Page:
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Oculus VR sued over virtual-reality technology trade secrets

Oculus VR Inc., the maker of virtual- reality goggles that Facebook Inc. is acquiring for $2 billion, was accused by ZeniMax Media Inc. of misappropriating intellectual property it claims is worth billions of dollars.

Oculus wrongfully took copyrighted computer code, trade secrets and technical know-how and exploited it, according to a complaint filed yesterday by ZeniMax, a video-game maker, in federal court in Dallas.

With the Oculus acquisition, Facebook is pushing into wearable hardware for the first time. The world’s largest social network is making a bet that virtual reality will be the next mainstream method of communication, after mobile phones. Facebook plans to help Oculus make its Rift virtual reality product mainstream, with capital to hire more engineers and build out a supply chain.

Oculus was founded by Palmer Luckey, an entrepreneur and self-described hardware geek, and has raised more than $91 million.

“The lawsuit filed by ZeniMax has no merit whatsoever,” Oculus said in an e-mailed statement. “As we have previously said, ZeniMax did not contribute to any Oculus technology. Oculus will defend these claims vigorously.”

ZeniMax traces the roots of the dispute back to 2012, when John Carmack, who was then one of its employees, began corresponding with Luckey. Luckey was working on a “primitive virtual reality headset” that he called the Rift, which ZeniMax claims to have transformed by adding physical hardware and specialized software, according to the complaint.

ZeniMax disclosed its proprietary improvements after entering into a confidentiality agreement with Luckey, and Carmack demonstrated the technology at the Electronic Entertainment Expo convention in Los Angeles in June 2012, according to the complaint. Days after the convention, Luckey formed Oculus, and the two companies discussed how it would compensate ZeniMax, until Oculus grew “evasive and uncooperative,” ZeniMax said.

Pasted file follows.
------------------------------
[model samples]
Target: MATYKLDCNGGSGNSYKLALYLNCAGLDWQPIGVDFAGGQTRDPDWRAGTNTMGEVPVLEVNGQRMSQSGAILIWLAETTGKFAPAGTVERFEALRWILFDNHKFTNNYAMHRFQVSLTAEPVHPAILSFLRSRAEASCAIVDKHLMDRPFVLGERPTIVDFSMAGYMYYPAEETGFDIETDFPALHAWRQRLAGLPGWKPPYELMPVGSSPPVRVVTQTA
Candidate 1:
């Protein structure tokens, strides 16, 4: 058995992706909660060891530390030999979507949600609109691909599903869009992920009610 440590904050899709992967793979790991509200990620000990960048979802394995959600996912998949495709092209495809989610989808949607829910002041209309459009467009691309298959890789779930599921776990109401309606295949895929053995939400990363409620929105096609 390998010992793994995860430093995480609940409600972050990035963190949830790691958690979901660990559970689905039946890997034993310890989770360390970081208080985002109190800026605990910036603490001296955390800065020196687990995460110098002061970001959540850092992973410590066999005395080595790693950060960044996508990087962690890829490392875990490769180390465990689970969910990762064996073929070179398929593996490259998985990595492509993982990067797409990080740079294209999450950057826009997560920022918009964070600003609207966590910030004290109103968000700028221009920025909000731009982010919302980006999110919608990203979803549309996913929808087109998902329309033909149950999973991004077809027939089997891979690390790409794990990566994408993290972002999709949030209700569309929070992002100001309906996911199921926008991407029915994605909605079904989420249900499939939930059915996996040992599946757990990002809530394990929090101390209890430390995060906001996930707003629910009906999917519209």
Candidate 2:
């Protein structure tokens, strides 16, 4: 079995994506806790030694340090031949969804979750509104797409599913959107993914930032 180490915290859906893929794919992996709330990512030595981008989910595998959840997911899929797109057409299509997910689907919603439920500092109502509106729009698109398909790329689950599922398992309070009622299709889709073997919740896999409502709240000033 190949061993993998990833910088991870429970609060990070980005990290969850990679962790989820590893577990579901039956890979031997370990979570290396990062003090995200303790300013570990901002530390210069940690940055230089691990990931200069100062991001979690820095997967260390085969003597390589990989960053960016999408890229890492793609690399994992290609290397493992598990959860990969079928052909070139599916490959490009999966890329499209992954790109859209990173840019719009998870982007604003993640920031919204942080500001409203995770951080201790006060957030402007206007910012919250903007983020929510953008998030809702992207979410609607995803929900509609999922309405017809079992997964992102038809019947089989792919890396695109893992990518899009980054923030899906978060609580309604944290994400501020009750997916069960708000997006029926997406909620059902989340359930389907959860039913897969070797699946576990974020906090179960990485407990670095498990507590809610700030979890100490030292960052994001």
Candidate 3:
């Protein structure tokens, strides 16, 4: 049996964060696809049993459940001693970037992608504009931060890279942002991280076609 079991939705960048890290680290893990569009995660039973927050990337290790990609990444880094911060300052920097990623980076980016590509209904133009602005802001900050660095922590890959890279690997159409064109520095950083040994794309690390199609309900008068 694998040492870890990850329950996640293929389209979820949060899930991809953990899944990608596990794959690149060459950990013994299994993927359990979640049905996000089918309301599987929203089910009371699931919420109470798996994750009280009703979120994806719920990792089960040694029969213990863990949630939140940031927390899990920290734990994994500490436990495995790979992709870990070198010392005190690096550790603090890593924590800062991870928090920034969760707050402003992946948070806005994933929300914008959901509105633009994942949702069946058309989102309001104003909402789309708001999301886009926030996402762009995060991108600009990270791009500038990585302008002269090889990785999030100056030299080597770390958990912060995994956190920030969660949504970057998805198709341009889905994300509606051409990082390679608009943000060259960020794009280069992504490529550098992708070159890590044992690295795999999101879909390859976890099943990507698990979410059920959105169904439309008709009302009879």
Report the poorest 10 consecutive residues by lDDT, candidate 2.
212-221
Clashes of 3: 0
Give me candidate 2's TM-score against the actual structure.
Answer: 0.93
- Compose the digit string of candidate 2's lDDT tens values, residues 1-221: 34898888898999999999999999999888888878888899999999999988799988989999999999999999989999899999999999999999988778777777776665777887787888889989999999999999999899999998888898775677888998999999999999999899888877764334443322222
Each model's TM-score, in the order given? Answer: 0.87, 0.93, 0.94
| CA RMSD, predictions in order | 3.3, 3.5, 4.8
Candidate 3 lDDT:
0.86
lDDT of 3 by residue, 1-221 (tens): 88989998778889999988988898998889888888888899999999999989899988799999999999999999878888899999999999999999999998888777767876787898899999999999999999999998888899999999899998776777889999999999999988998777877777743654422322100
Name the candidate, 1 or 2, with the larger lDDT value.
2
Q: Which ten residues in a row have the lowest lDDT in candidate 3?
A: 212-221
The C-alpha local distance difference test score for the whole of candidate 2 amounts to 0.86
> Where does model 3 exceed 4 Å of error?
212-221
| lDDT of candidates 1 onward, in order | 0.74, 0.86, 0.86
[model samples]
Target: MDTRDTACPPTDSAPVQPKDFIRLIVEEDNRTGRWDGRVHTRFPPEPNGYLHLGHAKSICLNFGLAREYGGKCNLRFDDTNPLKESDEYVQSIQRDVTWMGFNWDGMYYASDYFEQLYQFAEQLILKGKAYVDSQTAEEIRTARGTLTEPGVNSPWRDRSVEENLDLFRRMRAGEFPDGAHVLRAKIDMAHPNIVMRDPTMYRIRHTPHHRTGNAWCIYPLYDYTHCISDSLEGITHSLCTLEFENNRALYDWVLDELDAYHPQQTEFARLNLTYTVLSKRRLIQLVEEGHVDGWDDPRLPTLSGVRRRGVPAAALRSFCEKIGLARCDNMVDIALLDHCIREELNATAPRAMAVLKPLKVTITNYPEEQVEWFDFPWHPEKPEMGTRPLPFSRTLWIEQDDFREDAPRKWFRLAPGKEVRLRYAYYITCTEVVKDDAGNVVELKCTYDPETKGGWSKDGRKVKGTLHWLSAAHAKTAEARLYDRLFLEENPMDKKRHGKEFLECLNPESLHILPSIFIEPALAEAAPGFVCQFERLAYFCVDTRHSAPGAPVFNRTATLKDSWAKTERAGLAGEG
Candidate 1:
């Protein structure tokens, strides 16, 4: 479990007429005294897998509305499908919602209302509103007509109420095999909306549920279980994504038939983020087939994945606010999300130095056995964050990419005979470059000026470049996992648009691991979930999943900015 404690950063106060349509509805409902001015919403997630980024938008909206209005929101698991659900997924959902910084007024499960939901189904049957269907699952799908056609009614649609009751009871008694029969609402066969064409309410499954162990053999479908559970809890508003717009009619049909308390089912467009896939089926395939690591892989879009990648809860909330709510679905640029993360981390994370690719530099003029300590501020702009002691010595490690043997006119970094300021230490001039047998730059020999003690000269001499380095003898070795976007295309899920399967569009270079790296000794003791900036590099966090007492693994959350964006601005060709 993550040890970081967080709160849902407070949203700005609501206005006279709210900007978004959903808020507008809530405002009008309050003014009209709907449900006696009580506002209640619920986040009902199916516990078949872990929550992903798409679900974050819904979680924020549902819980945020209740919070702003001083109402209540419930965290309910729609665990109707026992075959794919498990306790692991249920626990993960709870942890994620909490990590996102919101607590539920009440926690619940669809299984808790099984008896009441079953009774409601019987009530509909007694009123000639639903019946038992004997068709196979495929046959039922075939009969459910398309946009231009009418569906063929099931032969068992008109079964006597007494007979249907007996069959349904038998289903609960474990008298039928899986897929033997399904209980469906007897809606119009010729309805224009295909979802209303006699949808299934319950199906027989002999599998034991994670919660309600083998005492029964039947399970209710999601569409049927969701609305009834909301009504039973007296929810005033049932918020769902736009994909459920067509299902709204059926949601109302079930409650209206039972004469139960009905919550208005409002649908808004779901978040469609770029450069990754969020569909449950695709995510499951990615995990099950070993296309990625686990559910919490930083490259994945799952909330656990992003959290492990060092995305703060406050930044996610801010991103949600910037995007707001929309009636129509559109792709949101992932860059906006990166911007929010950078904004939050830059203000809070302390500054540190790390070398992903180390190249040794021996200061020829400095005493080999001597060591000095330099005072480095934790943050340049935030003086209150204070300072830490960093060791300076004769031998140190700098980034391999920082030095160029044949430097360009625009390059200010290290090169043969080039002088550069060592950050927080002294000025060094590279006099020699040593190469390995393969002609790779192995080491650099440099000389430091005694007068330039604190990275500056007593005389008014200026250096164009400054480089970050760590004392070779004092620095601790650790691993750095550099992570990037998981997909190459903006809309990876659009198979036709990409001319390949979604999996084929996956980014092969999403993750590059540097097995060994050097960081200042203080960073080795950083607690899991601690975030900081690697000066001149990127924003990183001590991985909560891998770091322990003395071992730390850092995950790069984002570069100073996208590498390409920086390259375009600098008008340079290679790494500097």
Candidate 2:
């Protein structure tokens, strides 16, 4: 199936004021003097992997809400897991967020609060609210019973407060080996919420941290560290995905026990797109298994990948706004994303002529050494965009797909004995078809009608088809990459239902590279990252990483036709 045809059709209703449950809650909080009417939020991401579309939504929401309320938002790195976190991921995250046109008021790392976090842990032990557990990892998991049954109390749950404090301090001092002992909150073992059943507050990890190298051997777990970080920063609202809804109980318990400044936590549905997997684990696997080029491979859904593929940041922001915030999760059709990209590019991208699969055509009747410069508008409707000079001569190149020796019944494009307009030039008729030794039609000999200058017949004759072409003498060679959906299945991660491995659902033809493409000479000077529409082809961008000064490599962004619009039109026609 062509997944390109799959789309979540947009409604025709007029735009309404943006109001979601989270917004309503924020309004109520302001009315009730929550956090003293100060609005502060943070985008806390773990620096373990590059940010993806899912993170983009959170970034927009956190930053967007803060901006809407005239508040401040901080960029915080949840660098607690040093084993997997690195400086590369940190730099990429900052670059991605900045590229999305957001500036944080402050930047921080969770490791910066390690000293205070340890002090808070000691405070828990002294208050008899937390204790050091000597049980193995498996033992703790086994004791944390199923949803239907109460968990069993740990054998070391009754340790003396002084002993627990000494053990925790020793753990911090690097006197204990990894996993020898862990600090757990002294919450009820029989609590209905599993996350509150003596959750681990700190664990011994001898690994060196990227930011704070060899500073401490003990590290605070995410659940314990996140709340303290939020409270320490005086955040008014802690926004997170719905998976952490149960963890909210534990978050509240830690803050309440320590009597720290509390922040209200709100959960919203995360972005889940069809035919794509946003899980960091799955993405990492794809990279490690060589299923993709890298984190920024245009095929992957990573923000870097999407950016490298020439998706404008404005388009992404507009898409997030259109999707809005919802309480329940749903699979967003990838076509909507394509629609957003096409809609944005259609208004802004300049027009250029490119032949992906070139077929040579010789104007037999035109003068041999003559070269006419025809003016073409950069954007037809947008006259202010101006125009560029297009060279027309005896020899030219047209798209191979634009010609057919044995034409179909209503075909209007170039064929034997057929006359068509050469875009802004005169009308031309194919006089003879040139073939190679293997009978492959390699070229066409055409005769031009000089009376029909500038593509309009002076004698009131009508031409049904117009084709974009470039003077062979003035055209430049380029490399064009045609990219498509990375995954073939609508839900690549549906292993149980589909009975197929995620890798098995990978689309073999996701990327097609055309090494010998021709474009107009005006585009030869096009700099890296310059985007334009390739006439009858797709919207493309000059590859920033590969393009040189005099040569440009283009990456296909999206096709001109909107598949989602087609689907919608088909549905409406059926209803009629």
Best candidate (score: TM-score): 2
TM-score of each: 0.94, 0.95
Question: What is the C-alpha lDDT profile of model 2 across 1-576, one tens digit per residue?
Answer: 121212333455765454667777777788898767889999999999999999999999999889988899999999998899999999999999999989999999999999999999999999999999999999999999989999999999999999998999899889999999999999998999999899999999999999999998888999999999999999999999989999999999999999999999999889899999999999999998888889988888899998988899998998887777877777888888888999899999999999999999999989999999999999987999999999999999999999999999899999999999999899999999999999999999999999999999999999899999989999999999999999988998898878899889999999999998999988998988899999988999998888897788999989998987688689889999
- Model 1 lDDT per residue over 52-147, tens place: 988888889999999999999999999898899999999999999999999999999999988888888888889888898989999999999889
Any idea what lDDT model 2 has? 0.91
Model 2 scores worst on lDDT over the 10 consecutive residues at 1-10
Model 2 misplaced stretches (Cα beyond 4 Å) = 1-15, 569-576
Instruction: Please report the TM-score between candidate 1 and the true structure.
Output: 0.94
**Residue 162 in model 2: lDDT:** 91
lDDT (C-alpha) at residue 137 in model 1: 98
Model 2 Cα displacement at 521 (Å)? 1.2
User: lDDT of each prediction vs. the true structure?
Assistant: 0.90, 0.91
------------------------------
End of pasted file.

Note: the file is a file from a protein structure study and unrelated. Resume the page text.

Instead of working with ZeniMax, Oculus and Luckey recruited the company’s employees, including Carmack, to gain virtual reality know-how, according to the complaint. Oculus, based in Irvine, California, said in August that Carmack would be the company’s chief technology officer.

Facebook’s March announcement that it would acquire Oculus for $2 billion confirmed “the enormous value of the intellectual property that ZeniMax had created, and that the defendants had taken,” according to ZeniMax.

ZeniMax seeks unspecified damages based on claims including trade-secret misappropriation, copyright and trademark infringement, breach of contract and unfair competition, according to the complaint.

Oculus, run by Chief Executive Officer Brendan Iribe, has funding from a $75 million round led by Andreessen Horowitz in December and $2.5 million of preorders from a campaign on crowdfunding website Kickstarter in 2012. Bloomberg LP, the parent of Bloomberg News, is an investor in Andreessen Horowitz, a venture capital firm based in Menlo Park, California.

ZeniMax, based in Rockville, Maryland, was founded in 1999 by Robert A. Altman, a former lawyer who also started FriendFinder Networks Inc. The company’s games, including “The Elder Scrolls,” are primarily played on interactive consoles like Microsoft’s Xbox 360 and on computers and wireless devices.

Providence Equity Partners led a $300 million investment in ZeniMax in 2007, followed by a $150 million round in 2010. Other investors include Leslie Moonves, producer Jerry Bruckheimer and Harry Sloan, the former chairman of Metro-Goldwyn-Mayer Inc.

The case is ZeniMax Media Inc. v. Oculus VR Inc., 14- cv-01849, U.S. District Court, Northern District of Texas (Dallas).

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